The Safe Haven updates you every month on safety issues confronting communities, including child abuse, cyberbullying, financial elder abuse, and more. Through awareness and education, we can work together to help the vulnerable—kids, tweens, teens, and elders—stay safe.
The police received a child welfare call from an apartment complex in the Inland Empire. When they went to investigate, an anonymous source turned in a video allegedly showing a young couple putting a pot pipe up to their two-year-old’s mouth several times. The toddler’s mother, 20, and his father, 24, both have medical-marijuana cards. The mother is pregnant. "I'm not surprised, I can tell you that," said neighbor DeShawn Edwards.Read more»
A mother in Alaska is facing child abuse charges after sending Dr. Phil a video showing her putting hot sauce in her 7-year-old son’s mouth to discipline him. The boy and his twin brother were adopted from Russia and may be returned to the country if their mother is found guilty. Her lawyer claims that she has done nothing that would amount to child abuse. A family psychiatrist said that "hot saucing is really the new 'I'll wash your mouth out with soap.'"Read More»
Although much of the literature on bullying claims that social outcasts bully out of maladjustment, a new study finds that popular kids are, in fact, more likely to bully. There is one caveat: the most popular kids are least likely to bully. The study shows that an increase in social status also increases aggression, but only up to a point. Those students at the top 2% of the social hierarchy are the least aggressive, along with those at the bottom. "If an adolescent at the top of the social hierarchy were to act aggressively towards his or her peers, such action could signal insecurity or weakness rather than cement the student's position," one of the researchers said. "And, it's possible that, at the highest level, they may receive more benefits from being pro-social and kind."Read More»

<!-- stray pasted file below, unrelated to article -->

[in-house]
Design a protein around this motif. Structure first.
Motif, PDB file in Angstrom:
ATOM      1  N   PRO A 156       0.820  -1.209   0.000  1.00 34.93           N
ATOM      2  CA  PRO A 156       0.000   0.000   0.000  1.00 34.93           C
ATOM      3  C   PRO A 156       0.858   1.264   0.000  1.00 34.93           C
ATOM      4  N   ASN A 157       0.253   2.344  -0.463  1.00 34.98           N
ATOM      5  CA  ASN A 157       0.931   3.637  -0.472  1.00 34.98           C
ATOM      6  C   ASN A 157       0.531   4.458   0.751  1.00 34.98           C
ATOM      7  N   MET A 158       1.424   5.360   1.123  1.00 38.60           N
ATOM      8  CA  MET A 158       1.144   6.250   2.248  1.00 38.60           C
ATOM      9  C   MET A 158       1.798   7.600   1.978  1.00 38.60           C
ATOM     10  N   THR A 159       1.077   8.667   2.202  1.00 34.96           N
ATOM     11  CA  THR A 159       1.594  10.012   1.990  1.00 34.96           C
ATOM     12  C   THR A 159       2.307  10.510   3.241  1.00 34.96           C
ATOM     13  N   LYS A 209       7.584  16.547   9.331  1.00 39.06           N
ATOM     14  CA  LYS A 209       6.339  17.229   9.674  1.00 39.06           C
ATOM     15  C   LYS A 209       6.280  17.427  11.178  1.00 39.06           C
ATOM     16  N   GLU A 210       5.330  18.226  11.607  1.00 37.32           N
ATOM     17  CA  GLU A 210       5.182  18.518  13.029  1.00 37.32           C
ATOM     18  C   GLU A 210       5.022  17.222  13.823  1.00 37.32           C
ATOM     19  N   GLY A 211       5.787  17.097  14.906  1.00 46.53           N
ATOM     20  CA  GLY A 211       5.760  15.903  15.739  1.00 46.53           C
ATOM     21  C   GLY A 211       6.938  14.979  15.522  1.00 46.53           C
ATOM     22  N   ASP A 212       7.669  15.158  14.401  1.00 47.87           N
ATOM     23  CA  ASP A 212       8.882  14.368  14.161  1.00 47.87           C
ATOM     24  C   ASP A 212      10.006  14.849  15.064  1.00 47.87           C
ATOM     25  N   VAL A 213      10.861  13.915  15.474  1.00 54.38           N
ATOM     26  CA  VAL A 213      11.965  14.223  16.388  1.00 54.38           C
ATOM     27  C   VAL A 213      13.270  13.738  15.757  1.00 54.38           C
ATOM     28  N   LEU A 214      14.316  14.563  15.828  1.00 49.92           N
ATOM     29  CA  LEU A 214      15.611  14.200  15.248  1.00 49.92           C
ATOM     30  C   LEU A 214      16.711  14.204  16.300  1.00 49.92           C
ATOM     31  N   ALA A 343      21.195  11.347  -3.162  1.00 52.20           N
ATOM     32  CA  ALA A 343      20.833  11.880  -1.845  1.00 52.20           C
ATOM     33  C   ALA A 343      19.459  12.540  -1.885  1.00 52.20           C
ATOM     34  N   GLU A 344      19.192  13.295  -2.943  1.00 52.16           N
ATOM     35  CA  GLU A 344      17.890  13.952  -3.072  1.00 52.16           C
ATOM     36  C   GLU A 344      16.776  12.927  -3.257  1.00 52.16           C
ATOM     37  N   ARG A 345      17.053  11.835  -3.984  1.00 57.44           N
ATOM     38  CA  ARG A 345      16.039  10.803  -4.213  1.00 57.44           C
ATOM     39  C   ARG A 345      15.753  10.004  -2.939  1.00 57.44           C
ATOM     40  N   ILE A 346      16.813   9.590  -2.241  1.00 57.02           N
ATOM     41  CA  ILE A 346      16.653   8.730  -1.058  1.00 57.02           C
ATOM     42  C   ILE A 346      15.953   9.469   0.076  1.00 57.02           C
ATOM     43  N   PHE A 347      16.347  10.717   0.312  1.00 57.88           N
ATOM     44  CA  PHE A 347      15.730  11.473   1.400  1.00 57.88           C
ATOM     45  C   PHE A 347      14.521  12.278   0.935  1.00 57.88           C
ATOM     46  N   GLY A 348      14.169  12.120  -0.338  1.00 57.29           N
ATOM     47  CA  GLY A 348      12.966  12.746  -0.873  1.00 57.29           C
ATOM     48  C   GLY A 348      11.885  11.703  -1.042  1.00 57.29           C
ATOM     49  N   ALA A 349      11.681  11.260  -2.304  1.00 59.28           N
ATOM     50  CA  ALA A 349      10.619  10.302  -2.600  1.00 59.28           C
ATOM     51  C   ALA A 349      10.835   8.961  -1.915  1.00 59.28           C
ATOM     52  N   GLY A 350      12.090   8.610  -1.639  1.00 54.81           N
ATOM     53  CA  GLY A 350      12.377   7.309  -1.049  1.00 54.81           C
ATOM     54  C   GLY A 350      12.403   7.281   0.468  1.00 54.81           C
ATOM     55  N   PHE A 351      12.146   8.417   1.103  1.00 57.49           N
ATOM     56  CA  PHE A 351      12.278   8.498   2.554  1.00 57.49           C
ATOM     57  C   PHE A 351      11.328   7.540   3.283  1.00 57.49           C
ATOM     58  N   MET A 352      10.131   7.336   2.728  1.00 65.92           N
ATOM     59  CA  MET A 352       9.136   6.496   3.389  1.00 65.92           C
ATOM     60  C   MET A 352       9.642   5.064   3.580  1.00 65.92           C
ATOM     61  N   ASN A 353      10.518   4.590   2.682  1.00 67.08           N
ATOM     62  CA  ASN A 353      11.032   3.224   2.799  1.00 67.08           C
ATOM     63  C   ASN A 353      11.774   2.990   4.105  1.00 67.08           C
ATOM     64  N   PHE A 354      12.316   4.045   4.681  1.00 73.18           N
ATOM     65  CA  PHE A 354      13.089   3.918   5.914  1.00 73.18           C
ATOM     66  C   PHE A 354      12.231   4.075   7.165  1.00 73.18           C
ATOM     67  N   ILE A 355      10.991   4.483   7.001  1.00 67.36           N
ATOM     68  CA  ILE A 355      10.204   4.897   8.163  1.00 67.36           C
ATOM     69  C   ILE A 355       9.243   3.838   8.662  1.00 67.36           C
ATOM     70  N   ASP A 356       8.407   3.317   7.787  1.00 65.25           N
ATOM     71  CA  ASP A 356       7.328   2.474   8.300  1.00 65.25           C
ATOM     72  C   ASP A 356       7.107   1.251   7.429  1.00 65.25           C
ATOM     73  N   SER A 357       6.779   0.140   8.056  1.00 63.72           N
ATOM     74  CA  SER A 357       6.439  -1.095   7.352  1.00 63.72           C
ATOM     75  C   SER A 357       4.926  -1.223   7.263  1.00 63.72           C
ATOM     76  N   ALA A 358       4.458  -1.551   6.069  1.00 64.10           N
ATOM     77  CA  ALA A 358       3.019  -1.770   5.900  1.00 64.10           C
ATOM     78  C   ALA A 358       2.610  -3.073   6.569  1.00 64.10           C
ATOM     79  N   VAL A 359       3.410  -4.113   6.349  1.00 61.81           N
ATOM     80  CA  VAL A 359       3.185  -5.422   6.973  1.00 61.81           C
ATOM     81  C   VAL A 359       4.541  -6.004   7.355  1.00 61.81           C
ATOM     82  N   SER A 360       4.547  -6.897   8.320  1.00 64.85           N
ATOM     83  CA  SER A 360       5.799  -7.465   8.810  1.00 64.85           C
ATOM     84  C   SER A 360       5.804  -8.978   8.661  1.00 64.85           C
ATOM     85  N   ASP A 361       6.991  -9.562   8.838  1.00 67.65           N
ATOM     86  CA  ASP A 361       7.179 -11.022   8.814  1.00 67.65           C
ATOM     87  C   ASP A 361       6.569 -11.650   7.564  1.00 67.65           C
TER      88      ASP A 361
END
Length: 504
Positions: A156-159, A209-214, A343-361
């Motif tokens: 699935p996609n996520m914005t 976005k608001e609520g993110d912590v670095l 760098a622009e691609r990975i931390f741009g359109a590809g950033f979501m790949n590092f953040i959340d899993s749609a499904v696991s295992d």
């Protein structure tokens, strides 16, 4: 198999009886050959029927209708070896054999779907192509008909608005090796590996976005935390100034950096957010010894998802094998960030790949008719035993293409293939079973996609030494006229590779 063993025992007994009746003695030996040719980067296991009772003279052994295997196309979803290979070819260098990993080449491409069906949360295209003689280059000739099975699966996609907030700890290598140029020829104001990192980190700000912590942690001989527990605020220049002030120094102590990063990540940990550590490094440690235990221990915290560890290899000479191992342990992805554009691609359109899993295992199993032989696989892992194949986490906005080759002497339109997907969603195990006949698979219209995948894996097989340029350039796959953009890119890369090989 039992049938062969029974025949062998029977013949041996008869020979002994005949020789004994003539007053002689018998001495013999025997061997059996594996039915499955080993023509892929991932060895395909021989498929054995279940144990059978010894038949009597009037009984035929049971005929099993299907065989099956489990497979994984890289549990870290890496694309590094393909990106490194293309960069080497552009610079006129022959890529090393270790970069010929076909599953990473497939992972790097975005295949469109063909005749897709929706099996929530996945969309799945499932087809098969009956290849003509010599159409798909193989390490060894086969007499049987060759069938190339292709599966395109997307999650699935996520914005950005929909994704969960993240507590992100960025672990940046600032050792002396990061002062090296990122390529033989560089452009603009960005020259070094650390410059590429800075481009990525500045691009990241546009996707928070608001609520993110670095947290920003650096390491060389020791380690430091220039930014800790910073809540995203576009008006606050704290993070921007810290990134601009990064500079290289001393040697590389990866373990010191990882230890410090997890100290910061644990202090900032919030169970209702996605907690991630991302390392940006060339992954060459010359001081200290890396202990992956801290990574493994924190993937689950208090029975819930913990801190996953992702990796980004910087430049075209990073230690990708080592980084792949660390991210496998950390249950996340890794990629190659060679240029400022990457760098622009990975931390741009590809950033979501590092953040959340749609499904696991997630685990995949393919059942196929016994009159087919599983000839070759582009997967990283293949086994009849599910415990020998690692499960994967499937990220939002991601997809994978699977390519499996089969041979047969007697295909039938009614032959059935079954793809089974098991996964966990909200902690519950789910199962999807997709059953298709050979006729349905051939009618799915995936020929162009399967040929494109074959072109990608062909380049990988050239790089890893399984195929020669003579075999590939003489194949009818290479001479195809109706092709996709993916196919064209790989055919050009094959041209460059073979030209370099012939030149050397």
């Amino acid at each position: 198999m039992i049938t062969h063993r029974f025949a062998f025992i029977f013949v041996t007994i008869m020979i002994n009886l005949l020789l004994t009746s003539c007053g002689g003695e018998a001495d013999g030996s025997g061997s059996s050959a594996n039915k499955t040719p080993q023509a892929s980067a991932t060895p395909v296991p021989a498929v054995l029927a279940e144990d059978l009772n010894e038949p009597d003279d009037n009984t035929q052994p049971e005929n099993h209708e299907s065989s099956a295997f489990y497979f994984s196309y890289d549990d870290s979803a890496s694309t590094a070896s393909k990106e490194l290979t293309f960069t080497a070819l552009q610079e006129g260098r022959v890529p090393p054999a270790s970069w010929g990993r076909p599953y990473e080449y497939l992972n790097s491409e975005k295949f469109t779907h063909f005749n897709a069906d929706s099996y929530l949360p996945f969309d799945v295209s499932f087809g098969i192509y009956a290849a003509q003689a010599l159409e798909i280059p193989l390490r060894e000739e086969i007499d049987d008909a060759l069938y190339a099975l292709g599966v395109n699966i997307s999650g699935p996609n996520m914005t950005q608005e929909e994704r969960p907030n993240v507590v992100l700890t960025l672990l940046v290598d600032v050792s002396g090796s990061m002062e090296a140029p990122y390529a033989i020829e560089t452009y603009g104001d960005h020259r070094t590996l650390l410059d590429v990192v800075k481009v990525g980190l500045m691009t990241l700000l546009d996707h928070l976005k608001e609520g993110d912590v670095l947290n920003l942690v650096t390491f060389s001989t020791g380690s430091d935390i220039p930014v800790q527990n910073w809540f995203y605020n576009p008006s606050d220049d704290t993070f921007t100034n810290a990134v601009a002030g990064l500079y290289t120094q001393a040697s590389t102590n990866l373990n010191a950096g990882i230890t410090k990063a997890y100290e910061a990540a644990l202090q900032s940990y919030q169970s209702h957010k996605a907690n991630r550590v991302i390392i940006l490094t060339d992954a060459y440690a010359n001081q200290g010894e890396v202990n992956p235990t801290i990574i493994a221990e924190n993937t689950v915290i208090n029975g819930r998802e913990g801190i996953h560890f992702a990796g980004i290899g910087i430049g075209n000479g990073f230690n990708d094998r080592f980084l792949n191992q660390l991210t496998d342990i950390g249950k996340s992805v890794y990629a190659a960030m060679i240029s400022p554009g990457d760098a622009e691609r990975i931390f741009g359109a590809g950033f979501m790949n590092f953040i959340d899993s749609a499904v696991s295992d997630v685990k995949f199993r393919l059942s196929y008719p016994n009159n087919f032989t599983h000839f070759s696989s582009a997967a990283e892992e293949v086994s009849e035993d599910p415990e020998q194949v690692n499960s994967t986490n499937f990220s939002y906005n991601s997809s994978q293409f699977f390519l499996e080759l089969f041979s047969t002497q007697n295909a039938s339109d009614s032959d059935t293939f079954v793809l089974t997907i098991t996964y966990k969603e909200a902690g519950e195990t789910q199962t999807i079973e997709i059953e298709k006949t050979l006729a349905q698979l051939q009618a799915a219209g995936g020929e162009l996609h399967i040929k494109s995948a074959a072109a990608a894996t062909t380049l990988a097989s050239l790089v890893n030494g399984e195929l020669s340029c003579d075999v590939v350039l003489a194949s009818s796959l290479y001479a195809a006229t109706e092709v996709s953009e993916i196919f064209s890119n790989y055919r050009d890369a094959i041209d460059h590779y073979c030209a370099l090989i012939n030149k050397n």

NBC’s “Dateline” decided to tackle the issue of bullying through the lens of a hidden camera. After carefully considering the risks and benefit, the network set up a hidden camera that films a scripted altercation between two young actors. The camera captures the reactions of the bystanders: real kids. The parents of those kids sit in in a control room to watch how their children react when confronted with bullying. The results? Emotional and controversial.Read More»
The number of young Japanese men and women aged 16 to 19 who are not interested in sex has increased 19% for men and 12% for women since 2008. About 36% of men described themselves as “indifferent or averse” toward having sex, while a whopping 59% of women felt the same way. The young men have been named “herbivores” because of their passivity and lack of ambition for romantic conquests. The head of the Japan Family Association sees the phenomenon as an indication of "the increasing shallowness of human relations in today’s busy society.”Read more»
Ninety girls who attend Frayser High School in Memphis are either currently pregnant or have already had a baby this school year. The school emphasized that while the students did not get pregnant at school, the school board has implemented some programs to help those students with small children. One girl found out she was expecting 5 months into pregnancy. "It's a shame that all these girls at Frayser are pregnant, but it ain't nothing new," she says. "Some girls just try to do it because they think it's cute. For some, it's an accident." About 20% of the female student body at Frayser High are experiencing motherhood.Read more»
A 36-year-old woman from Lake Forest was arrested for rape and child molestation of a 13-year-old Maryland boy whom she seduced over Xbox Live. The mother of three posed as a 23-year-old woman and extended the Xbox relationship into phone calls, texts and e-mails which included sexually explicit images and movies. While vacationing in Florida with family during Thanksgiving break, the woman drove to Maryland to the boy's home to have sex with him. Deputies say that there may be another victim in California, but no details have been released.Read more»